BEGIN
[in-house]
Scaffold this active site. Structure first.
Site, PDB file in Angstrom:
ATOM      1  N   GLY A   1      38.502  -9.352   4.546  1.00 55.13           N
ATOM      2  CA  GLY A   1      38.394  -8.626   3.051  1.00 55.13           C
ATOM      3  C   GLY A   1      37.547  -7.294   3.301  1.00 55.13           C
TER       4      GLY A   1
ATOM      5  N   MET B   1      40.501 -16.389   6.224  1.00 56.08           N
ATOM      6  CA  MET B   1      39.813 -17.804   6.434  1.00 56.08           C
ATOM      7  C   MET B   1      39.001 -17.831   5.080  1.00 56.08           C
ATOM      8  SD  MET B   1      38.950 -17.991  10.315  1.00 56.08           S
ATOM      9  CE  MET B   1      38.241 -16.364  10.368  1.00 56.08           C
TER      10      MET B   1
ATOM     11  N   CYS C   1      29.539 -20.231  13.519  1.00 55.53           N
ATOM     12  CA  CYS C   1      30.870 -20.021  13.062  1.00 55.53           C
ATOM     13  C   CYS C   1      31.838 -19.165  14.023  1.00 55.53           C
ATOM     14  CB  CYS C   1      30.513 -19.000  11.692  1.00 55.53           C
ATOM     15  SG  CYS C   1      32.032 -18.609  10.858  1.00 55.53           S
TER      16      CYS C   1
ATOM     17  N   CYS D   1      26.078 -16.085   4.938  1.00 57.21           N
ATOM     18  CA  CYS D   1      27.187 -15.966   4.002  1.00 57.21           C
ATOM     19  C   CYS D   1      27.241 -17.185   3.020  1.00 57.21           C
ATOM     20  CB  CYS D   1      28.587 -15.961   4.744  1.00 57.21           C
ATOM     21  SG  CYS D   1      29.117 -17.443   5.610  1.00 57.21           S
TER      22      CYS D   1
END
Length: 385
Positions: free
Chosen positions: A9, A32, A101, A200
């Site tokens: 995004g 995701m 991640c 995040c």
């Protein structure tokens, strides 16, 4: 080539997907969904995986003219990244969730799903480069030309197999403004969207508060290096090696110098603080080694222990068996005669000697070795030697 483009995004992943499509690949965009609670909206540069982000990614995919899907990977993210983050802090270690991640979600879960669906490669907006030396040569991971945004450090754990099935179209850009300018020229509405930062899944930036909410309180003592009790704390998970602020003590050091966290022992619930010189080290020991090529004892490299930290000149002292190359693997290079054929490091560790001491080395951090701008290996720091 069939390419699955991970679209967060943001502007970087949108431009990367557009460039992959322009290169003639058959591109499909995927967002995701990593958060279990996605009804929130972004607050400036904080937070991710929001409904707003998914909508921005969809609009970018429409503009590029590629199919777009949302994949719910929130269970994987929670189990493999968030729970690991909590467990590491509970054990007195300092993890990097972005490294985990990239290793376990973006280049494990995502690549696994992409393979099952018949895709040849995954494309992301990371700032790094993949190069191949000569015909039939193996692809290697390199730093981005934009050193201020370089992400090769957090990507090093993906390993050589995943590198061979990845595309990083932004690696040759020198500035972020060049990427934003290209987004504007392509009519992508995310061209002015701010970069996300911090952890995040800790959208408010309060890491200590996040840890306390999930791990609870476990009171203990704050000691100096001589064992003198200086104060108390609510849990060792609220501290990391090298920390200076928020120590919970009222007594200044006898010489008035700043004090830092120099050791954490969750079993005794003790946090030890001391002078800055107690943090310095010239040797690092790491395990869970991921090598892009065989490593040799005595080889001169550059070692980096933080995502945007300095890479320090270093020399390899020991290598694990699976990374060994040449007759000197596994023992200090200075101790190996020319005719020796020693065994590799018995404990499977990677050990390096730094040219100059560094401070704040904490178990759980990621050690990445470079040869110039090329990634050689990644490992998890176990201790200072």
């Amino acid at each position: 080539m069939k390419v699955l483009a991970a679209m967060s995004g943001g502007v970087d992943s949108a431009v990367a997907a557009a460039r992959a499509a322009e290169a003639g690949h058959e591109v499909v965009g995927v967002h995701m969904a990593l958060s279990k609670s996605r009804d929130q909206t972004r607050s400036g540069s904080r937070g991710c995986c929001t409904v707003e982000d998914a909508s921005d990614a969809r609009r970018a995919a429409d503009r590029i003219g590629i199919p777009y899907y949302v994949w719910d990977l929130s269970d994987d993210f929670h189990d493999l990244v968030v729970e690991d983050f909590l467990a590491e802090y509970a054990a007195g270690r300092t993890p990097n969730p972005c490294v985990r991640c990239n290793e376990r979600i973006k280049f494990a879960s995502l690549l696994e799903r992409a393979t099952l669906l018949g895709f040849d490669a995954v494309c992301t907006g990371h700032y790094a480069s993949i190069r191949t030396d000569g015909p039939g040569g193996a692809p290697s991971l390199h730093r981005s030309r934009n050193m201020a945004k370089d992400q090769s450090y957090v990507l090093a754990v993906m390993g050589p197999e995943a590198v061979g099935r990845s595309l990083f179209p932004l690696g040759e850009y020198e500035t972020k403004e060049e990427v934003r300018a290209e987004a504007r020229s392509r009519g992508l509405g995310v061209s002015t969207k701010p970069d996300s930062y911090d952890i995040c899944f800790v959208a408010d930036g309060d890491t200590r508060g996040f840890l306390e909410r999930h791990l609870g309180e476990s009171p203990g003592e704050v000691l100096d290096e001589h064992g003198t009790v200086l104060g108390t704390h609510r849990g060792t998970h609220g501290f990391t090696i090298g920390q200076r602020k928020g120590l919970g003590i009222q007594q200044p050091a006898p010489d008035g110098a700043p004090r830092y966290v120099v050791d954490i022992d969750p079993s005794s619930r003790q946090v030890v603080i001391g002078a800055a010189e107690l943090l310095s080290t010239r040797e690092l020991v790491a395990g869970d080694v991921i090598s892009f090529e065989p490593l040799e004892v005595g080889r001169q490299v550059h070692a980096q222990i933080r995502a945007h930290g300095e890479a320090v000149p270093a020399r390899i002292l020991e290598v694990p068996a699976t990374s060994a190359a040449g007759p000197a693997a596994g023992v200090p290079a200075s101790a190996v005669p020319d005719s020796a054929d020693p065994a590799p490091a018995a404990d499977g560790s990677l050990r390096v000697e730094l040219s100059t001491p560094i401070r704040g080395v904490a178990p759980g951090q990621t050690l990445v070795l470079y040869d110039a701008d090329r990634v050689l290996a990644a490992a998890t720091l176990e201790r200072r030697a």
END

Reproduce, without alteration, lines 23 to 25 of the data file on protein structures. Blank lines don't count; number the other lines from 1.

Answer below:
ATOM     20  CB  CYS D   1      28.587 -15.961   4.744  1.00 57.21           C
ATOM     21  SG  CYS D   1      29.117 -17.443   5.610  1.00 57.21           S
TER      22      CYS D   1